Last week, I had my first in-person meeting since the pandemic began. I’m a writer in Montgomery, Alabama, and I headed downtown for article interview. Everything went fine until I returned home to discover that my house alarm was blaring.
The problem was compounded by the fact that I could not turn it off. The keypad didn’t work. This was a full system breakdown, and I didn’t know how to pull the plug on the alarming noise filling my home.
Clearly, the writing assignment would have to wait.
I called my security company for help. The over-the-phone recommendations didn’t help. The rep pulled a tech off another job and sent him to my place to deactivate the alarm.
So my cat and I were there in the house for about 30 minutes while the alarm blared. These moments were stressful. I couldn’t think straight. My cat was confused and concerned. All I could do was wait.
When the tech arrived, he was polite, helpful, and efficient. I was relieved that he was there. He detached the wires, but the system was shot. I would need a new one. He returned first thing Monday morning – again, polite, helpful and efficient – and installed my new system.
Naturally, I can make an analogy to being a creative entrepreneur in this era of pandemic.
Sometimes the situation is like standing in the house with the alarm blaring, and I’m looking at the cat and saying “I’m sorry, sweetie, this isn’t easy for either of us.”
In this mode of panic, it’s hard to think straight. It’s hard to be creative. Later, when the house was quiet again, I had an idea: I could have gone to the electrical panel and shut off the power to the circuit that wired the alarm. I didn’t think of it at the time.
That’s what the first weeks of quarantine were like … “I can’t get my hair cut? I can’t go out to lunch? Church is closed for two weeks? I have to cook?”
All of which boiled down to this question: “How will I survive?”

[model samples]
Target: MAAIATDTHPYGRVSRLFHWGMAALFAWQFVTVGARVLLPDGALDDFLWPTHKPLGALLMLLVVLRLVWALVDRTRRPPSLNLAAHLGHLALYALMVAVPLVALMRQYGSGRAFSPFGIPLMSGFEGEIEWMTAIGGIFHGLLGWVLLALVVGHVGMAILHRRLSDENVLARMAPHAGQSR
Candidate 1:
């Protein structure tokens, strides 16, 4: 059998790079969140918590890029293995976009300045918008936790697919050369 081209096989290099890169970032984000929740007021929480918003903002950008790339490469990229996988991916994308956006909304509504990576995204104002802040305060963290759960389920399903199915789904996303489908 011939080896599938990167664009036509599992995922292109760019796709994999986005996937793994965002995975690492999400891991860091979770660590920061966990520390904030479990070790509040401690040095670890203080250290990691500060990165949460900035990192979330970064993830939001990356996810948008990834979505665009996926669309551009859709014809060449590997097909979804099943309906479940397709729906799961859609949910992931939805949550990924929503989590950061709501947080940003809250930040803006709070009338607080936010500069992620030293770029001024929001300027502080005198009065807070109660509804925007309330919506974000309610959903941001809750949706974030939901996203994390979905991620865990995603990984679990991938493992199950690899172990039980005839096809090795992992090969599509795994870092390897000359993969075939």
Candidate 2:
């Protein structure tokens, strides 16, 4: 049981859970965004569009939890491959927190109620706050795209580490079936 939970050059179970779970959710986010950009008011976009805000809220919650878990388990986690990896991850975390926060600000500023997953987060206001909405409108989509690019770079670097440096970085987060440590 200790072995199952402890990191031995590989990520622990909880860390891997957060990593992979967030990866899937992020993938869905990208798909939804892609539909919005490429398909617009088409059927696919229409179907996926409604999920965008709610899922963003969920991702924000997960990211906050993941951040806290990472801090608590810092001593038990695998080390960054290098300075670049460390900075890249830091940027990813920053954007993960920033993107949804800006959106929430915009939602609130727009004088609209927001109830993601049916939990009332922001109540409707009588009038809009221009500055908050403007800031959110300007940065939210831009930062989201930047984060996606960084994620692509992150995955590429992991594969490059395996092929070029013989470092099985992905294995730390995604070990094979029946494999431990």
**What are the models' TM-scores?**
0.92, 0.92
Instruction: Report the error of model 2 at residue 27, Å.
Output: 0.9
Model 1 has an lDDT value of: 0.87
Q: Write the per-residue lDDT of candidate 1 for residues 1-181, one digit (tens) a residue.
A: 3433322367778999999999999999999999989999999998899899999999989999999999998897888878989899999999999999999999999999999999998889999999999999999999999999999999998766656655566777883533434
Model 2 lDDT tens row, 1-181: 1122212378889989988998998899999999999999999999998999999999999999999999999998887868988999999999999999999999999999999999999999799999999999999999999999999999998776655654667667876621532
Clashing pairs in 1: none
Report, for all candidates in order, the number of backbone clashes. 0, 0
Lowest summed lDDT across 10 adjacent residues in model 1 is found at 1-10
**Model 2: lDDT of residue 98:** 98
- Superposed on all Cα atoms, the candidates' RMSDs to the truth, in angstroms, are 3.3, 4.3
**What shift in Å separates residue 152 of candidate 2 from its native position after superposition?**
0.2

Sometimes the pandemic is like an eternal window of waiting for a service technician. (“We have you on the schedule, and he’ll be there sometime between March and August.” Or: “I wanted to let you know he’s been slightly delayed so it might be January. Sit tight, and we’ll keep you posted.”)
What do you do while waiting? Well, you look around. You ask, “What needs tending to? How can I make use of my time.”
My question moved from “How will I survive?” to “How will I thrive?”
The latter is a better question because it brings more energy. It comes at the problem with more optimism and allows for creative thinking. I did make some choices: publish a novella, launch a podcast, increase my content production and paint my interior walls – all of which have provided a feeling of thriving even as I wait.
Then there’s the third question.
Sometimes the pandemic is like, “I’m so glad that technician was able to help me.” He was polite, he wore a mask, he gave me plenty of space. And he made the house quiet again. Even in this strange time, he served at a higher level. He did one thing, in fact, that was quite extraordinary. He noticed that the plate for my front door knob had been installed backwards, which meant that I had to turn the knob to close the door.
I hadn’t thought about it. It never occurred to me that this plate, installed last year, had been placed backwards. He offered to switch it around, and I said, “Sure.”
That act represents how I moved to my third question. I’ve gotten through “How will I survive?” I have asked, “How will I thrive?” But the one going forward?
“How can I help others?”
With creative thinking and the energy that comes from a new question, I’m looking forward to discovering lots of new answers.
How about you? What questions are you asking today? Do they allow for creative thinking and renewed enthusiasm? If not, how can you change those questions?